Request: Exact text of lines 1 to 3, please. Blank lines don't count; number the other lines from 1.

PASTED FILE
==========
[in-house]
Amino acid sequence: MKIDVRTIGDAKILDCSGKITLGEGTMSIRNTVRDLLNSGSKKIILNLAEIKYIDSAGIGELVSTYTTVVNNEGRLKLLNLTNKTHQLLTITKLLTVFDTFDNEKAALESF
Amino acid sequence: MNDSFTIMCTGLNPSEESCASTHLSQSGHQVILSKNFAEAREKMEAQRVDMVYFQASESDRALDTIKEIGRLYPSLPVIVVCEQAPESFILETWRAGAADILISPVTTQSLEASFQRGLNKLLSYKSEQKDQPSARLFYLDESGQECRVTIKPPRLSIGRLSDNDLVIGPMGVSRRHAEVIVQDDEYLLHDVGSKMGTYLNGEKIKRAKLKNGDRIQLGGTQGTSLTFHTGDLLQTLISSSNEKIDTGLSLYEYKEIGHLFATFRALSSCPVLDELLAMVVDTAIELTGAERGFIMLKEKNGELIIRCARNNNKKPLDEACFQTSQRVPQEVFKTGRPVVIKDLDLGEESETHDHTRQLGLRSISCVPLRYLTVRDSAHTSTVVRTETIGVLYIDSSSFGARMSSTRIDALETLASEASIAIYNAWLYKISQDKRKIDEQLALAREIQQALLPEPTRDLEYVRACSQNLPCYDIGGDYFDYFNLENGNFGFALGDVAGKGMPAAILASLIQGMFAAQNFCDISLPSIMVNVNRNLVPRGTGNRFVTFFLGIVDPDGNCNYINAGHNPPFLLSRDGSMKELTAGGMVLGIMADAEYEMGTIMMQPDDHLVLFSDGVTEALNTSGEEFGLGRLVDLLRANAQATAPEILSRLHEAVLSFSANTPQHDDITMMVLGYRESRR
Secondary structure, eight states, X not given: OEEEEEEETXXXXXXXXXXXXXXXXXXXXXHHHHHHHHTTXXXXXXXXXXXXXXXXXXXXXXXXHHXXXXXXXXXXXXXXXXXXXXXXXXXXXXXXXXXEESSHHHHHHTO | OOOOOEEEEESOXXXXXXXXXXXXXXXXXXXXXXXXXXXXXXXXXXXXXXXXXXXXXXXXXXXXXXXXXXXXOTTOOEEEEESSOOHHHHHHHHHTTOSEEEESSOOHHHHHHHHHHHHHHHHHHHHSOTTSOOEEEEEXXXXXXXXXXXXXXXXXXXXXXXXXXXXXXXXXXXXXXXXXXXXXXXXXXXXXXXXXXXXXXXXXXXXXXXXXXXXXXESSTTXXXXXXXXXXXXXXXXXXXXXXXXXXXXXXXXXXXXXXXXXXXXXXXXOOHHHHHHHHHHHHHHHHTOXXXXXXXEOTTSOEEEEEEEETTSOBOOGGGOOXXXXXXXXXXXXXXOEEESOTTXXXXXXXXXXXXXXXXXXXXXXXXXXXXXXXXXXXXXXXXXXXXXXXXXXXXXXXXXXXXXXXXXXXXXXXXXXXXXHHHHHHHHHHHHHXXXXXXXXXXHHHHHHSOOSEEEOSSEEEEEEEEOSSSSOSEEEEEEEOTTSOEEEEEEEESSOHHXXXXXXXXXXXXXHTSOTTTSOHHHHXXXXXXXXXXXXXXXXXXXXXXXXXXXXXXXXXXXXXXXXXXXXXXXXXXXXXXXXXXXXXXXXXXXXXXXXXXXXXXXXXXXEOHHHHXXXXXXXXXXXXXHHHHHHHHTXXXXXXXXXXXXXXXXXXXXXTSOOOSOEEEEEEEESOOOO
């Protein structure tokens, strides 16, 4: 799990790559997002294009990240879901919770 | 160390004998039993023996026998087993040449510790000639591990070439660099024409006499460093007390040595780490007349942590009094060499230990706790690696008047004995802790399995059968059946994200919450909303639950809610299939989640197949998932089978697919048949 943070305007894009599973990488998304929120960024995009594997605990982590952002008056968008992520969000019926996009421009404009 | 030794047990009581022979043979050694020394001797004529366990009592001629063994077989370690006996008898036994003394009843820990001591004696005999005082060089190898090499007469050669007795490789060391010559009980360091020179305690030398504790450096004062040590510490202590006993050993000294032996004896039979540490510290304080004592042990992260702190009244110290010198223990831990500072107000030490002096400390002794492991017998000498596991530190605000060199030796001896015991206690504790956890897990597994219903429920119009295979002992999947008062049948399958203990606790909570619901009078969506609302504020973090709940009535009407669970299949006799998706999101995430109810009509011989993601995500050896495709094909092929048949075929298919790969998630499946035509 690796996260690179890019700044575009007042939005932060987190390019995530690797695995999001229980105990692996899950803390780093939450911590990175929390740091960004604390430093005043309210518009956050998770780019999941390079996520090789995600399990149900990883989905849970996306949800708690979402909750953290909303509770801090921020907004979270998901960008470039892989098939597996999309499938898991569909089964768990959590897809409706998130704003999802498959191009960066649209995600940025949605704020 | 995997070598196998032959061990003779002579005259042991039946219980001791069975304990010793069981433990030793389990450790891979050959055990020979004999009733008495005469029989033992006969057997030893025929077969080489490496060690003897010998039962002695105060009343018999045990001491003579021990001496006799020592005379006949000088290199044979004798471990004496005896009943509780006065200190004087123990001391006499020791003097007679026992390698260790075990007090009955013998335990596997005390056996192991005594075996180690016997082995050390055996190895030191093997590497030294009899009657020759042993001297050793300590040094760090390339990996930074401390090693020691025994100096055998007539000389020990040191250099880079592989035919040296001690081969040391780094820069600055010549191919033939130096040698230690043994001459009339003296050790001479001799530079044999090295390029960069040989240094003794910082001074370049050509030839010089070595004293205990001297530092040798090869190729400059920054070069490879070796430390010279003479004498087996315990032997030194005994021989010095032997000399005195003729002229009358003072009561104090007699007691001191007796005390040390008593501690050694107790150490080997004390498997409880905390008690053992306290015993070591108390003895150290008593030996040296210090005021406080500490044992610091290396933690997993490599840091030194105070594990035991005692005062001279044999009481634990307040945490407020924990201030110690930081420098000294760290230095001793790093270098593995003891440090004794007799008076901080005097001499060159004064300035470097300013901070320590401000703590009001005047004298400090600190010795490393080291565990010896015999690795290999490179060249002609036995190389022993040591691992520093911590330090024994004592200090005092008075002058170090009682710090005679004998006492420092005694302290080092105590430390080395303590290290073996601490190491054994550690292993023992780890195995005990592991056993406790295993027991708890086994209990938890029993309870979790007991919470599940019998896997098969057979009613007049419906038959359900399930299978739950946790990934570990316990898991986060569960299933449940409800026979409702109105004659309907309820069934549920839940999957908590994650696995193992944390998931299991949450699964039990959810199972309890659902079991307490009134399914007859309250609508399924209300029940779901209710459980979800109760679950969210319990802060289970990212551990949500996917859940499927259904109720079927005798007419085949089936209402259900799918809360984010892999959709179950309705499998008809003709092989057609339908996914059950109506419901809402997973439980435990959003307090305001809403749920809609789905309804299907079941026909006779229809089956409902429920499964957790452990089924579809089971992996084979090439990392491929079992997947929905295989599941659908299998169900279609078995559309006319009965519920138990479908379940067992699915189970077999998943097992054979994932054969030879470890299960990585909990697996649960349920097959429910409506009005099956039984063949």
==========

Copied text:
[in-house]
Amino acid sequence: MKIDVRTIGDAKILDCSGKITLGEGTMSIRNTVRDLLNSGSKKIILNLAEIKYIDSAGIGELVSTYTTVVNNEGRLKLLNLTNKTHQLLTITKLLTVFDTFDNEKAALESF
Amino acid sequence: MNDSFTIMCTGLNPSEESCASTHLSQSGHQVILSKNFAEAREKMEAQRVDMVYFQASESDRALDTIKEIGRLYPSLPVIVVCEQAPESFILETWRAGAADILISPVTTQSLEASFQRGLNKLLSYKSEQKDQPSARLFYLDESGQECRVTIKPPRLSIGRLSDNDLVIGPMGVSRRHAEVIVQDDEYLLHDVGSKMGTYLNGEKIKRAKLKNGDRIQLGGTQGTSLTFHTGDLLQTLISSSNEKIDTGLSLYEYKEIGHLFATFRALSSCPVLDELLAMVVDTAIELTGAERGFIMLKEKNGELIIRCARNNNKKPLDEACFQTSQRVPQEVFKTGRPVVIKDLDLGEESETHDHTRQLGLRSISCVPLRYLTVRDSAHTSTVVRTETIGVLYIDSSSFGARMSSTRIDALETLASEASIAIYNAWLYKISQDKRKIDEQLALAREIQQALLPEPTRDLEYVRACSQNLPCYDIGGDYFDYFNLENGNFGFALGDVAGKGMPAAILASLIQGMFAAQNFCDISLPSIMVNVNRNLVPRGTGNRFVTFFLGIVDPDGNCNYINAGHNPPFLLSRDGSMKELTAGGMVLGIMADAEYEMGTIMMQPDDHLVLFSDGVTEALNTSGEEFGLGRLVDLLRANAQATAPEILSRLHEAVLSFSANTPQHDDITMMVLGYRESRR